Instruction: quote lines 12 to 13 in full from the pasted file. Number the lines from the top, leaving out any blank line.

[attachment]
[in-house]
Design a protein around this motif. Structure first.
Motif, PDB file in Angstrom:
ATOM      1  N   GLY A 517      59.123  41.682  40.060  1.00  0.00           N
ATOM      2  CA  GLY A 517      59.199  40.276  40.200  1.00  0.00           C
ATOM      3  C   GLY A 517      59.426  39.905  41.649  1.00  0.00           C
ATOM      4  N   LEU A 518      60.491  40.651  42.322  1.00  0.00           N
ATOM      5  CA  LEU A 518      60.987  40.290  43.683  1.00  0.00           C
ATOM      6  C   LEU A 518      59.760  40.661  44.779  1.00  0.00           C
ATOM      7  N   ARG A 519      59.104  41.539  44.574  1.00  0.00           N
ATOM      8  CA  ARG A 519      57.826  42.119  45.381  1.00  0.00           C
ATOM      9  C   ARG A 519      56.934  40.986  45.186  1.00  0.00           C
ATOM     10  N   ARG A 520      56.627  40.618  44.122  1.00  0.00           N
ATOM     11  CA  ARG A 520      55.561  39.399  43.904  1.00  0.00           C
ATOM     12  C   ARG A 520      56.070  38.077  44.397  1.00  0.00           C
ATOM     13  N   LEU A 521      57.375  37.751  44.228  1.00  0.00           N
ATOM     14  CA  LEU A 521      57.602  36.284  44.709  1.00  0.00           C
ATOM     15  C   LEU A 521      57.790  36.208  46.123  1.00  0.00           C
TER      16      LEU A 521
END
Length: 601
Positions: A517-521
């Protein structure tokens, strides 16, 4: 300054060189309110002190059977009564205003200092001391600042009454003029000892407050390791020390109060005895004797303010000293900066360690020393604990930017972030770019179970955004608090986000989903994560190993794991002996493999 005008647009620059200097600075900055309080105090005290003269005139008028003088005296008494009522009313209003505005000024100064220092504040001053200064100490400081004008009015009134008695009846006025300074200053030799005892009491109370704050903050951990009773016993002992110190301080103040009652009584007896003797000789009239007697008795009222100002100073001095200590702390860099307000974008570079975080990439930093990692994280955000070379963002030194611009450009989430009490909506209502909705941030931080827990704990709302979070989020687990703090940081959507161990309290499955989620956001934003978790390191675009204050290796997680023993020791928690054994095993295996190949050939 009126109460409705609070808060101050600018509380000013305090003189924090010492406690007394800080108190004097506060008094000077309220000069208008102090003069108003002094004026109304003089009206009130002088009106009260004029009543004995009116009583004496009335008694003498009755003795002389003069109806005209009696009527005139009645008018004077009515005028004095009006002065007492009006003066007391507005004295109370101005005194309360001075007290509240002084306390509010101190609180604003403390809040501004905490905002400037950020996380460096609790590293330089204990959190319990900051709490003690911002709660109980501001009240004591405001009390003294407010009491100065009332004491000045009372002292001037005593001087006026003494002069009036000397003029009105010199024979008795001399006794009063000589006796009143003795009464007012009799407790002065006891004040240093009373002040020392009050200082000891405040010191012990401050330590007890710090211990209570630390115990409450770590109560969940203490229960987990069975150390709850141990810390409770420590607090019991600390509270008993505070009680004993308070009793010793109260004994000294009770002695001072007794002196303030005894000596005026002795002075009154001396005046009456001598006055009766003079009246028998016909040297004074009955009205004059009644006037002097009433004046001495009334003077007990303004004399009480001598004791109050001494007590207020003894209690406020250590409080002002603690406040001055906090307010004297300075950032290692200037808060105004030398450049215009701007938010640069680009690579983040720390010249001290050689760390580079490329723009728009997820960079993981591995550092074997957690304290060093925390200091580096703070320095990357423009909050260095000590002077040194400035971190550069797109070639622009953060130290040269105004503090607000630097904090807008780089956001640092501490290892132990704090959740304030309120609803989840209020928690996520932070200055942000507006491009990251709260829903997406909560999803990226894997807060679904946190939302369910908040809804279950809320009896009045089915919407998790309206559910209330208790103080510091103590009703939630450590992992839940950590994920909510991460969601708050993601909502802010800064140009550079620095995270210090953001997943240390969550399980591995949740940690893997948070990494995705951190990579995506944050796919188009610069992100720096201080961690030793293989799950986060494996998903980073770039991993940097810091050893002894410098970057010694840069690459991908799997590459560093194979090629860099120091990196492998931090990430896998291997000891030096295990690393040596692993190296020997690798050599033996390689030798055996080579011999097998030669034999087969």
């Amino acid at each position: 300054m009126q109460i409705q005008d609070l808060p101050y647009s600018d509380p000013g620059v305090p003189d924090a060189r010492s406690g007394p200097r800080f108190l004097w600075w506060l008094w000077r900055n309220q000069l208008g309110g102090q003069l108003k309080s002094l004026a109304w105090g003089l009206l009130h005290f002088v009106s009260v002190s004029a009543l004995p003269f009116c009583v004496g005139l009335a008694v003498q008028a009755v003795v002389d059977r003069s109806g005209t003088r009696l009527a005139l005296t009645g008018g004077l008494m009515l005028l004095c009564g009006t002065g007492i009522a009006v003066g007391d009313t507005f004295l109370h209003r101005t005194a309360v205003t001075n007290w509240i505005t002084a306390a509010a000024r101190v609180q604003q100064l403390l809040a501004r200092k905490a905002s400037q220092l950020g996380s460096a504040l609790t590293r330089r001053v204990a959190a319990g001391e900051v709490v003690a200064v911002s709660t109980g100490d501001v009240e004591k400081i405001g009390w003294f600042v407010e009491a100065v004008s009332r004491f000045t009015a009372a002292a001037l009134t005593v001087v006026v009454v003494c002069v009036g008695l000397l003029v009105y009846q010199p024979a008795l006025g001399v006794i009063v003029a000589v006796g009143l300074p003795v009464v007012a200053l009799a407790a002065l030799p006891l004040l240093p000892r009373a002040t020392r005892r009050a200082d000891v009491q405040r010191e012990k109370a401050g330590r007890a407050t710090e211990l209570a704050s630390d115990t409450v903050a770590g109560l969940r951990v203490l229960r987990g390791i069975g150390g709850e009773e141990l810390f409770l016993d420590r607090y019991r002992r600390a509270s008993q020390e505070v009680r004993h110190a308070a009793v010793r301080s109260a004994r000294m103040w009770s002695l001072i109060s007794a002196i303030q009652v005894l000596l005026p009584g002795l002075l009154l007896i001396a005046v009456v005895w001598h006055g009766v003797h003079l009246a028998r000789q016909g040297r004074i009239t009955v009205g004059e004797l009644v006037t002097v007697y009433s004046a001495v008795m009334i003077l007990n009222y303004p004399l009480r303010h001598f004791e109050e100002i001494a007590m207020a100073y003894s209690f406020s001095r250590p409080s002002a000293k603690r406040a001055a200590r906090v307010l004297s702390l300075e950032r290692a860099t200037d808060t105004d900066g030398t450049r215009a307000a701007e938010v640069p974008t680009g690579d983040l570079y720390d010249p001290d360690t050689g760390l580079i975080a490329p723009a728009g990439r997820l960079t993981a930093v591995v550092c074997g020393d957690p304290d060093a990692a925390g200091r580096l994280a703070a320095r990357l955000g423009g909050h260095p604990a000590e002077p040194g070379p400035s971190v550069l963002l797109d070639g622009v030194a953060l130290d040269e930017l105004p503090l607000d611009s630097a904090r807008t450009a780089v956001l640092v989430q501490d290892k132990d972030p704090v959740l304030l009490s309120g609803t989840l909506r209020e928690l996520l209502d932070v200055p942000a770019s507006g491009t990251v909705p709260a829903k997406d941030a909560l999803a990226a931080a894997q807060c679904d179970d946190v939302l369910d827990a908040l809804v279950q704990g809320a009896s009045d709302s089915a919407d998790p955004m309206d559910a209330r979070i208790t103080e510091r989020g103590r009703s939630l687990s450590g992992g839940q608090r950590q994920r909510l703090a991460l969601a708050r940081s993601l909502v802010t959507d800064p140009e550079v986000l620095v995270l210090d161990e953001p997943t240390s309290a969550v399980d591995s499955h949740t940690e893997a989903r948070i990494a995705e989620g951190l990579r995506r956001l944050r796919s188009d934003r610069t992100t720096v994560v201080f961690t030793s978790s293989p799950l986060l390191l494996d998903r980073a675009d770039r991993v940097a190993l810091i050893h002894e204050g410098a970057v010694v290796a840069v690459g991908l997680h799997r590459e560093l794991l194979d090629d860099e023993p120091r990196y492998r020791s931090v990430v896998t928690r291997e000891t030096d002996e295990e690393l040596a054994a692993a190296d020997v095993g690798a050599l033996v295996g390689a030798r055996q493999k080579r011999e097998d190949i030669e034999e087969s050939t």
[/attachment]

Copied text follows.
ATOM      9  C   ARG A 519      56.934  40.986  45.186  1.00  0.00           C
ATOM     10  N   ARG A 520      56.627  40.618  44.122  1.00  0.00           N